STEP TWO to SEO: Competitor Research

Have I Found Usable Insights From Top Organic Competitors?

Why should you do competitor research?

Well, SEO strategizing is like storytelling.

One guy can tell a story so well that you feel like you’re actually there. A different guy can tell the exact same story, and you feel like you lost 10 minutes of your life you’ll never get back.

One had the power to bring the story to life. The other completely missed the boat.

Similarly, some people are really good at growing traffic, increasing their following, and converting potential customers into regular users or buyers. They’re smooth sailors. They seem to have all the answers.

Others can barely keep their heads above water.

Although it may come as a surprise, successful SEO is not about having all the answers.

It’s about asking the questions you don’t even know you should ask to get the answers you didn’t know existed.

Great storytellers and successful online marketers have tactics that don’t just help them toward success. Those tactics are the very reason they succeed.

We can tell a thousand stories or write a thousand pieces of content, but if we don’t have strategies in place for targeting or engaging our audience, we end up with a pile of literary or digital vomit. Stinky words without meaning because no one is there to receive them.

So, what questions do you need to ask to develop the right strategies?

Multiple factors are at play in search engine rank. And there are skippable steps in SEO–competitor analysis isn’t one of them.

No one should begin any SEO campaign without investigating not just who they’re up against, but why they’re up against them.

To become successful in your industry or niche, you need to find out three things:

  1. Who your competitors are,
  2. What makes them successful, and
  3. How to use those insights to develop your SEO strategy.

Let’s start with #1.

Who Are Your Competitors?

Looking to your competitors is crucial for identifying usable insights you can include in your SEO campaign.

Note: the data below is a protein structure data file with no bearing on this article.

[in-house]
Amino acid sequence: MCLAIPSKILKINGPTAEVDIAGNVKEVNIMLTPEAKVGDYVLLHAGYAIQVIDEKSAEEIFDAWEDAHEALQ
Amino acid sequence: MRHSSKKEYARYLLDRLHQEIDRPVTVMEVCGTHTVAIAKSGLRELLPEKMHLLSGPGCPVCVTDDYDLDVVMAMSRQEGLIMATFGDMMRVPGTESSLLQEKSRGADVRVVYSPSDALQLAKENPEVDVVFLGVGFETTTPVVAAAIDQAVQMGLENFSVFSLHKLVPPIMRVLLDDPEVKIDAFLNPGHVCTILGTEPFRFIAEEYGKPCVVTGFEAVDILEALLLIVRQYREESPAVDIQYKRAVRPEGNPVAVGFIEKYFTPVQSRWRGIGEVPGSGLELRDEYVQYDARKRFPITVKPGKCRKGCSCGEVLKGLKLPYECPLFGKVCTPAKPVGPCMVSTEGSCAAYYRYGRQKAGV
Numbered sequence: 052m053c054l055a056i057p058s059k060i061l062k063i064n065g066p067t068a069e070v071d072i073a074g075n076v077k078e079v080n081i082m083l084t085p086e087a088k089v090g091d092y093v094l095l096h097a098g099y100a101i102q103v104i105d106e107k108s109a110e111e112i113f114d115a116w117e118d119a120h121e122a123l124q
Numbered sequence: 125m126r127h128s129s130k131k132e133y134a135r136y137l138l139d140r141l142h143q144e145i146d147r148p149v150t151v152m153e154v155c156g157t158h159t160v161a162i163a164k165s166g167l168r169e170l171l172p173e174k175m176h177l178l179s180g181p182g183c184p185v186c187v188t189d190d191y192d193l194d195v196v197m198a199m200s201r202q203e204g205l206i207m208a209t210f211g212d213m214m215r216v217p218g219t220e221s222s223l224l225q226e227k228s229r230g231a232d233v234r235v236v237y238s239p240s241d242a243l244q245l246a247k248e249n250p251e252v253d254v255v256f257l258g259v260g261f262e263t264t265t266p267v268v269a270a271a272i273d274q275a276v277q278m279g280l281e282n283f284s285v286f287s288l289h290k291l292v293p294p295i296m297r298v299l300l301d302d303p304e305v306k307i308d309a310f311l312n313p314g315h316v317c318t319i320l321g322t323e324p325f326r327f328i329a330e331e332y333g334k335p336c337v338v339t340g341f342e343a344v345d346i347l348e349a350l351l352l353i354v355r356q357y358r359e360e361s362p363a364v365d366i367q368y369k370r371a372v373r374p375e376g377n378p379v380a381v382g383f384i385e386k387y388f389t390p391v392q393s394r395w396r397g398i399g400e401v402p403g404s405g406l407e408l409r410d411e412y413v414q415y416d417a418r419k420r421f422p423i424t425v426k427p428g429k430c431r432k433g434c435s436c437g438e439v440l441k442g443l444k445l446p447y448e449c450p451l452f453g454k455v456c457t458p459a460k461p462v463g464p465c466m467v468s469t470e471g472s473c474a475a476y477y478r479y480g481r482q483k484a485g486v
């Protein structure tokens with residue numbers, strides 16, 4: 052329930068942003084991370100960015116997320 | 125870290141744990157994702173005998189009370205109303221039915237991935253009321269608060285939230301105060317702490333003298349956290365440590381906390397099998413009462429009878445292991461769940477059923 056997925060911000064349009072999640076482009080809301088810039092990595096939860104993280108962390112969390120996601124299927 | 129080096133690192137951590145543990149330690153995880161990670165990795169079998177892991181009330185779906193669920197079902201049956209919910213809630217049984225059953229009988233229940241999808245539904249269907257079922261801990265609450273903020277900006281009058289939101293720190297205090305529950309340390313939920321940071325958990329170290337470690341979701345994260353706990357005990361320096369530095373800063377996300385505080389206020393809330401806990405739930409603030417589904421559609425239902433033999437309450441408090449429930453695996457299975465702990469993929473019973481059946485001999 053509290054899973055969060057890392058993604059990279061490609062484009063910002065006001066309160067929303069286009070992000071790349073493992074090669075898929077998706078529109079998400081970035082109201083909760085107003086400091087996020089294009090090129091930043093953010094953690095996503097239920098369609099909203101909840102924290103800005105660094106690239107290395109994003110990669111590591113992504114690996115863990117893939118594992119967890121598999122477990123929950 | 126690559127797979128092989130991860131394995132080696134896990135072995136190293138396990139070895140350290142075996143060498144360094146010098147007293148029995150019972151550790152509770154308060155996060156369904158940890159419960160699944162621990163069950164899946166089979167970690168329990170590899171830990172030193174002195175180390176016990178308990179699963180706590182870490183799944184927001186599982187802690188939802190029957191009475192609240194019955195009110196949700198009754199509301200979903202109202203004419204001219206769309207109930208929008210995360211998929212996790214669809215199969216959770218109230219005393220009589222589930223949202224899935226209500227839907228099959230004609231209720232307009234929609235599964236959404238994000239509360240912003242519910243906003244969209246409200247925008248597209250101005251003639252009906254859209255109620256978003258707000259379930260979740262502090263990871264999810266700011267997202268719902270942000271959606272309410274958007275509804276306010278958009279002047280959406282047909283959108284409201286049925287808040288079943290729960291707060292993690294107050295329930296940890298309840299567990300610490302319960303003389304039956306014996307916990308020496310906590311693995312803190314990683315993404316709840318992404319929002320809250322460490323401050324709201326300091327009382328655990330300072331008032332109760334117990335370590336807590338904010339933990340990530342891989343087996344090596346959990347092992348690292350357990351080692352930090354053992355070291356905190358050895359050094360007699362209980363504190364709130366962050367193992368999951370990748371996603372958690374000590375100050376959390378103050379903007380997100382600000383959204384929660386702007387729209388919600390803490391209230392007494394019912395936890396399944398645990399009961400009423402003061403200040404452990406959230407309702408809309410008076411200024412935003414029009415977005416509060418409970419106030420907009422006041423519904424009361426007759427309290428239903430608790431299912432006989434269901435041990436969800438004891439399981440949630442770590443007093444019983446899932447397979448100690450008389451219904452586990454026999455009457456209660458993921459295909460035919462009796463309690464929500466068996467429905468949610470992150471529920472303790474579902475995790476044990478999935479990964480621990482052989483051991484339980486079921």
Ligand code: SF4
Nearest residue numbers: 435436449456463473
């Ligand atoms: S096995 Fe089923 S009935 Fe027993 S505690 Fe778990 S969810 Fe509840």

But insight tells us more than just what we should do; it also tells us what we shouldn’t do, or what isn’t worth our time or effort.

Competitor analysis isn’t a passive step. It’s also not intuitive, meaning you can’t just think you know who your competitors are or what makes them successful (or not) without doing the research. Sure, top of the head can be a good place to start. Then you have to go digging.

Now luckily, sussing out the competition overlaps with keyword research so you can double up and make a day of it. You can use keyword research (see step one in SEO success) to identify your main competitors. Take the most important keywords you want to rank for (or all of them) and see who comes up in the SERPs. If you see one domain in most of your searches, this is one of your top competitors.

Or, you can use paid tools like SEMrush. I encourage you to use every tool available, but as I mentioned in a previous post, make your brain your #1 go-to tool.

Then, like the clever little investigative mouse you are, find out what keywords your competitors are ranking for that you aren’t and add them to your keyword list(s).

Armed with your top four or five competitors, you need to evaluate each one by determining their strengths and weaknesses through the lens of your brand.

This is where questions #2 (why are they successful) and #3 (what usable insights can you gain) come in, and while you can make this a systematic linear process, it doesn’t have to be. If you’re the creative, artsy type, your research may be more dynamic.

Competitor ≠ Enemy

Now, many SEOs audit their competitors with the idea that competitors=enemies.

I totally and completely, to the power of infinity, 100% disagree.

Enemies work in opposition to us. Our competitors want the same thing we do.

Competitors are essential for helping you grow and succeed in your industry because they provide a vital point of reference. They show you what’s working and what’s not.

Why Are They Successful?

Now that you know who your competitors are, you want to find out why they’re rocking your industry and then use their insights to guide your SEO campaign.

But remember–everyone has flaws, so pay close attention to where your competitors are failing. Those gaps will be your most usable insights.

UEO: The New SEO

In addition to some cut and dry strategies, one of the first things you want to note as you visit each competitors’ site is its usability. Note when you feel frustrated, confused, or impatient and why, and then compare those irritating features to your site. If your site shares any of those attributes, change them.

Even the best SEO won’t help if your site is a pain in the ass to navigate.